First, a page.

There are many uncontrollable variables when it comes to how your game will be received via marketing and promotion. One thing you do control, however, is the press kit and its contents. This allows you to make sure that you’re putting your best foot forward. First impressions are important and with each news beat or social share you are going to experience hundreds or, hopefully, millions of first impressions.
Press and influencers are a busy bunch and putting information easily within their reach saves them a lot of time and trouble. Putting the right things in your kit means your potential audience will see something worth celebrating and sharing.
What is a Press Kit?
Noun: a packet of promotional materials, as background information, photographs, or samples, for distribution to the press, as at a press conference.
The definition above is ripped straight from Dictionary.com and is… pretty straightforward. In the games industry, this “packet” is typically distributed digitally via a link to a website. There’s no need to chase a person down to toss them a flash drive with your assets on it but do not eliminate this from your skill set!
That definition also does a solid job of breaking down what needs to be in a video game’s press kit, save for one thing: replace “photographs” with “visuals”.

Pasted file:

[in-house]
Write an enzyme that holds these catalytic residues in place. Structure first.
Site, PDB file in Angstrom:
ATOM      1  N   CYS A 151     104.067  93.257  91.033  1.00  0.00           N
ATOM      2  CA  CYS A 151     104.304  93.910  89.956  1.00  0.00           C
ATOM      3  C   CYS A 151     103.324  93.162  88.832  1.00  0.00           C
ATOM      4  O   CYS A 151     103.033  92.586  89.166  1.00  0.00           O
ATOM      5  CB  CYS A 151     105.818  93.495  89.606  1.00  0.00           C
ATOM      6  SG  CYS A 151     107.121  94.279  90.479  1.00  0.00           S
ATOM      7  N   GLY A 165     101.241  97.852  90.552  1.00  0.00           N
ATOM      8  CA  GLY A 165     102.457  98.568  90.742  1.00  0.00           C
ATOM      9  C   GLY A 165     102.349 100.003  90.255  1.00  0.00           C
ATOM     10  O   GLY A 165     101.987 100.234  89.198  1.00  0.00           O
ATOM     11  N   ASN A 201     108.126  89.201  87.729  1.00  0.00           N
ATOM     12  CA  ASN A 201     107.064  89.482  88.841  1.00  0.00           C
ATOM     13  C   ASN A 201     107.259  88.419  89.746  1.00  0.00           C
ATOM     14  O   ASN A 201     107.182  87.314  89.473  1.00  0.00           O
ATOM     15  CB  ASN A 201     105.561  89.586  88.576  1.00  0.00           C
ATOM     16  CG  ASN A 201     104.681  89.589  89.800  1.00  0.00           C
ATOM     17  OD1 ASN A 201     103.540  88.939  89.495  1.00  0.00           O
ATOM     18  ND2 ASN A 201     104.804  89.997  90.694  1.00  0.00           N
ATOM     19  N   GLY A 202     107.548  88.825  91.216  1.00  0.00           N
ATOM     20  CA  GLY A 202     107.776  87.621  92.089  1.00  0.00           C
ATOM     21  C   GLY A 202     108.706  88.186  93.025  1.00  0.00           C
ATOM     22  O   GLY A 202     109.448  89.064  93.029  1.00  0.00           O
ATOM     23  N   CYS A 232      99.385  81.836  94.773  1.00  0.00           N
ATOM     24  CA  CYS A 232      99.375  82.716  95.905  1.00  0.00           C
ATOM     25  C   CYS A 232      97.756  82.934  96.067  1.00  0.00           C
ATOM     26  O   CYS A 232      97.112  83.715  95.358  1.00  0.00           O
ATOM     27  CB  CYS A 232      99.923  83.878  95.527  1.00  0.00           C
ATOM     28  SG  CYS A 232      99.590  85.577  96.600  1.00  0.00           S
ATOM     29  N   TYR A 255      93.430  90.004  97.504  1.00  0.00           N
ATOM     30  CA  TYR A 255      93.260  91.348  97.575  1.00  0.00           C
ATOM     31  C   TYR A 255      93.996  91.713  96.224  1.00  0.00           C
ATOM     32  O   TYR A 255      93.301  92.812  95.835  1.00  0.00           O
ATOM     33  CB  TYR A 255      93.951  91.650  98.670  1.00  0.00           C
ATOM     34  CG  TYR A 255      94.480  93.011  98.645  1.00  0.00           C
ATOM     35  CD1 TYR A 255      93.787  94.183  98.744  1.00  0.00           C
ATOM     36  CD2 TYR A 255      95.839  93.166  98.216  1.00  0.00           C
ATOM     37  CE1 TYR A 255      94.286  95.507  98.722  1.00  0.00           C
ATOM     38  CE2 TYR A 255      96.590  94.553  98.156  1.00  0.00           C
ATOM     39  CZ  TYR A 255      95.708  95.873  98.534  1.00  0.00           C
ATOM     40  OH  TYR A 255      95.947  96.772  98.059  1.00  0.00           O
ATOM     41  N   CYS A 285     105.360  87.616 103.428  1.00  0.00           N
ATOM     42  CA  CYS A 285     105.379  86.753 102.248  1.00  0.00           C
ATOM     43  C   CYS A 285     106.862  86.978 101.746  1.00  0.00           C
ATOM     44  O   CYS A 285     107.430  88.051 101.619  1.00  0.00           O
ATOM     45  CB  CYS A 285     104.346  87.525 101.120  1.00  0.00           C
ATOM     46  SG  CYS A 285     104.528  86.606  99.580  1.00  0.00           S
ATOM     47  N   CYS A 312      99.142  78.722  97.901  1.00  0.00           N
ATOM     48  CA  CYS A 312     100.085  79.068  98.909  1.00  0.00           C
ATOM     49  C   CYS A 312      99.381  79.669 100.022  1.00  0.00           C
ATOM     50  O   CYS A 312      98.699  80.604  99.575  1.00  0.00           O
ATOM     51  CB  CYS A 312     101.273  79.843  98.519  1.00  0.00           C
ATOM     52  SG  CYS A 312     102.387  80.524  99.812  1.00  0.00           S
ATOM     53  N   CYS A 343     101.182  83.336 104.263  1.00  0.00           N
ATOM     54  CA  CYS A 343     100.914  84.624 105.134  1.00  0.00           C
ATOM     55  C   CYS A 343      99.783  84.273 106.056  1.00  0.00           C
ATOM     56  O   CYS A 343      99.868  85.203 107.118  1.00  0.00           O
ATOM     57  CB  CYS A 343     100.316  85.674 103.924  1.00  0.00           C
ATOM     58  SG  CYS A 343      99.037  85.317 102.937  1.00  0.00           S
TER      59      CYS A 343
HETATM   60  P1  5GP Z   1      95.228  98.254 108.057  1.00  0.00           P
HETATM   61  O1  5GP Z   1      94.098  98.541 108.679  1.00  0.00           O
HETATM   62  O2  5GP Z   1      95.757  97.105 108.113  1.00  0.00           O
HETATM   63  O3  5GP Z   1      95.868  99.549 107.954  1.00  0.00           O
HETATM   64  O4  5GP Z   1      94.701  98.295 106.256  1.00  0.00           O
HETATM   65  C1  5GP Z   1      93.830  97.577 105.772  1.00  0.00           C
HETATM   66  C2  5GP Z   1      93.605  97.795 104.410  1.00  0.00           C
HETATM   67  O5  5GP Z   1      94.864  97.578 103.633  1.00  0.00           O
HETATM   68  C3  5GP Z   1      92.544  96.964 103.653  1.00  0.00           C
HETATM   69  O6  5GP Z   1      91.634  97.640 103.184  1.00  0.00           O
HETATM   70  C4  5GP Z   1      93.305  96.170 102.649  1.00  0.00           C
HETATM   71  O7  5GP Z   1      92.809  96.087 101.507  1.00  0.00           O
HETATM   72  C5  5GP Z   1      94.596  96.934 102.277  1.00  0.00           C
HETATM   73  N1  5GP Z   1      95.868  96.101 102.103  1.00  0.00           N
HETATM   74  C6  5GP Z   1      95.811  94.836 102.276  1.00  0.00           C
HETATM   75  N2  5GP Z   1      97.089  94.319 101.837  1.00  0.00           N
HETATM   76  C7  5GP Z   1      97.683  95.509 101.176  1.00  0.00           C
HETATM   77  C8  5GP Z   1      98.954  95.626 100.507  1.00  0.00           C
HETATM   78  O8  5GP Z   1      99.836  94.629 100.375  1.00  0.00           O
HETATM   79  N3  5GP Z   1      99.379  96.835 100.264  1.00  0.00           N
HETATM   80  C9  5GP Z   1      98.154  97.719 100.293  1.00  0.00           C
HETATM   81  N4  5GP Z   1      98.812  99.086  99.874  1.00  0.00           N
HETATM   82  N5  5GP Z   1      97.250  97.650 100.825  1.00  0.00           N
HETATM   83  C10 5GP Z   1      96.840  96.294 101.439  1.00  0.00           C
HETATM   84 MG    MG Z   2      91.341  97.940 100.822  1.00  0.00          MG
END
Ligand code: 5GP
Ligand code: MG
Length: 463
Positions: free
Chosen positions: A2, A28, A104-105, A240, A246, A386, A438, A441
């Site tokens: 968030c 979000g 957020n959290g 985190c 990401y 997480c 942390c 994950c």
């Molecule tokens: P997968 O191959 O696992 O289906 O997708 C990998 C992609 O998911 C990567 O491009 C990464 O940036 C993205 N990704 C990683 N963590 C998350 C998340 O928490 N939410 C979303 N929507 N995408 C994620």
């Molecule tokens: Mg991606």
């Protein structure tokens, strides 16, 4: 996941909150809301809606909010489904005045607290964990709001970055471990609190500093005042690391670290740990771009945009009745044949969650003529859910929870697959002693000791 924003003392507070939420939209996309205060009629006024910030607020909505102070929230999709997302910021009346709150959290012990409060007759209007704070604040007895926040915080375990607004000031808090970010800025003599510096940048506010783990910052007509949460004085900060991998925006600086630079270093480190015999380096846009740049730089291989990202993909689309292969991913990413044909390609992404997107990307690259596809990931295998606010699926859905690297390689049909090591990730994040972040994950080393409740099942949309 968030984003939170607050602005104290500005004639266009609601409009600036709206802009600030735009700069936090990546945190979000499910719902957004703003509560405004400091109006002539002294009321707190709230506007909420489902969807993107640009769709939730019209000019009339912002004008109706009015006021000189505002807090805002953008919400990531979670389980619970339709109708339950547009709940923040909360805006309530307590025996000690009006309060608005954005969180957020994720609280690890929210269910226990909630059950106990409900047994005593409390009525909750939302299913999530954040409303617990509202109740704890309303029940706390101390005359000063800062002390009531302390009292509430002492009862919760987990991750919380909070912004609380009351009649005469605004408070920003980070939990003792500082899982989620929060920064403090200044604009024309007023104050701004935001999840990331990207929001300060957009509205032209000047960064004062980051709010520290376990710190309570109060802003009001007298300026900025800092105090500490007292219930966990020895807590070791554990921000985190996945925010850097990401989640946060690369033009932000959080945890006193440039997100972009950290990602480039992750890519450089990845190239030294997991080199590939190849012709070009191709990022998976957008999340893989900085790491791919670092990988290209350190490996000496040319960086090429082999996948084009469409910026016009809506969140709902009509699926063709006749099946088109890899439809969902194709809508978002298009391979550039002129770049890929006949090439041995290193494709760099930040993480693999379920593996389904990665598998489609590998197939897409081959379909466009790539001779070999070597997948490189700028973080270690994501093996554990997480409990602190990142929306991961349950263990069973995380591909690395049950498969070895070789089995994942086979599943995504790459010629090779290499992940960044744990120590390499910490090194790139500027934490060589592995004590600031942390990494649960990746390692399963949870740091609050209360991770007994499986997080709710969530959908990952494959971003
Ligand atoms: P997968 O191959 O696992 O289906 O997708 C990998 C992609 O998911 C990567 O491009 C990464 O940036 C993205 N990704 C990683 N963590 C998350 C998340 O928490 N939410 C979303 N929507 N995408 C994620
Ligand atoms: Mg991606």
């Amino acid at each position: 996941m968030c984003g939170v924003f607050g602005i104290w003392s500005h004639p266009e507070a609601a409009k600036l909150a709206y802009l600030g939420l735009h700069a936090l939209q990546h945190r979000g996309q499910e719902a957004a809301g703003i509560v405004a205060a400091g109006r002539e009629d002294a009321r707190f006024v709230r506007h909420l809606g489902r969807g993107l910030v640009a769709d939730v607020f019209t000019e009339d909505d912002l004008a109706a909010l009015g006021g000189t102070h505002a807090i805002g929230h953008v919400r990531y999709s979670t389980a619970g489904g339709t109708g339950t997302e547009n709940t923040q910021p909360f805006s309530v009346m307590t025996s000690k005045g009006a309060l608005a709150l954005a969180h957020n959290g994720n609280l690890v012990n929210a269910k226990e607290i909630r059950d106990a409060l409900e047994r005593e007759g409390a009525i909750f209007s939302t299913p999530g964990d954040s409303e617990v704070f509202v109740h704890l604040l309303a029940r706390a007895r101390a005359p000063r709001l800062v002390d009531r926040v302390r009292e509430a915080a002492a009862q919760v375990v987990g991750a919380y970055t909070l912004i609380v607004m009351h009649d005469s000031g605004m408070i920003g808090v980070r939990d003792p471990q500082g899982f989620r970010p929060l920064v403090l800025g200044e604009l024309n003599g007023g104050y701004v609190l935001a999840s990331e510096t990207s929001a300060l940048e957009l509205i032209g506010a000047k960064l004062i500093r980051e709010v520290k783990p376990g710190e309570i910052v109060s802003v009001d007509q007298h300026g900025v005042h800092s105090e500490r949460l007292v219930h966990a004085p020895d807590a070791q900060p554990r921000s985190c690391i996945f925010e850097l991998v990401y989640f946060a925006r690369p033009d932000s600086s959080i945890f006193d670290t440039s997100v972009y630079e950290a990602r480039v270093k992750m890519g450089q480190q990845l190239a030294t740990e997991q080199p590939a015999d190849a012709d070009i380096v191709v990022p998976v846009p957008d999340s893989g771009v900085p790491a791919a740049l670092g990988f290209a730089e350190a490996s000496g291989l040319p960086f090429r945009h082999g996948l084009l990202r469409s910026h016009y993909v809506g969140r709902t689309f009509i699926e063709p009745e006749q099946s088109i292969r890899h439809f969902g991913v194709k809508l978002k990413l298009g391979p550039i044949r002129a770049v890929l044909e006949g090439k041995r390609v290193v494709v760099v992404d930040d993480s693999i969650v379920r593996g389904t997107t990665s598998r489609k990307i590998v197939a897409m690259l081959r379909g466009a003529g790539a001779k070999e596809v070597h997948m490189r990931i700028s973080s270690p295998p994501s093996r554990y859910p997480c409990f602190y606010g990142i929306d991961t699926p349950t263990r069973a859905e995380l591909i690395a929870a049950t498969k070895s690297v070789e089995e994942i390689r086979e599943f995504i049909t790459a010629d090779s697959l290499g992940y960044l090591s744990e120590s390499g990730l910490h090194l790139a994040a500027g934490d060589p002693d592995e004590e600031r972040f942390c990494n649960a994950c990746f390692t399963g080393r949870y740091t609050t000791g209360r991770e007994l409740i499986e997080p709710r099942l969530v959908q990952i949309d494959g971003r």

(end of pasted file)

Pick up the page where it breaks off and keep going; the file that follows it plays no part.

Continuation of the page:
We recommend either having a dedicated section on your website and/ or a special shareable cloud storage folder system. It should include background info like:
- Press releases
- Notable awards won
- Biographies for the founder(s) of the studio
If promotional and background material are the meat and veggies (or double veggie portions for all the vegetarians and vegans out there), visuals are the herbs and spices. The most interesting text in the world means nothing to the average reader if they can’t see the game to some degree. Even if you’re not at a stage where gameplay or cinematics can be shown, concept art can go a long way. At the absolute least, include key art. If you can’t do that much, maybe it is too soon to be reaching out to press! Great things to include would be…
- Key art (various sizes)
- Logos (game, studio, publisher)
- Transparent PNGs (characters, enemies, weapons, etc.)
So, with all that said… If someone completely unfamiliar with your game was to wander into your press kit Tron-style, would they walk out with a full understanding of your game? Show us what you’ve got on Twitter!
If you have any follow-up questions or want to ask why I’m so certain Batman can’t beat Spider-Man in a fight – get in touch at [email protected]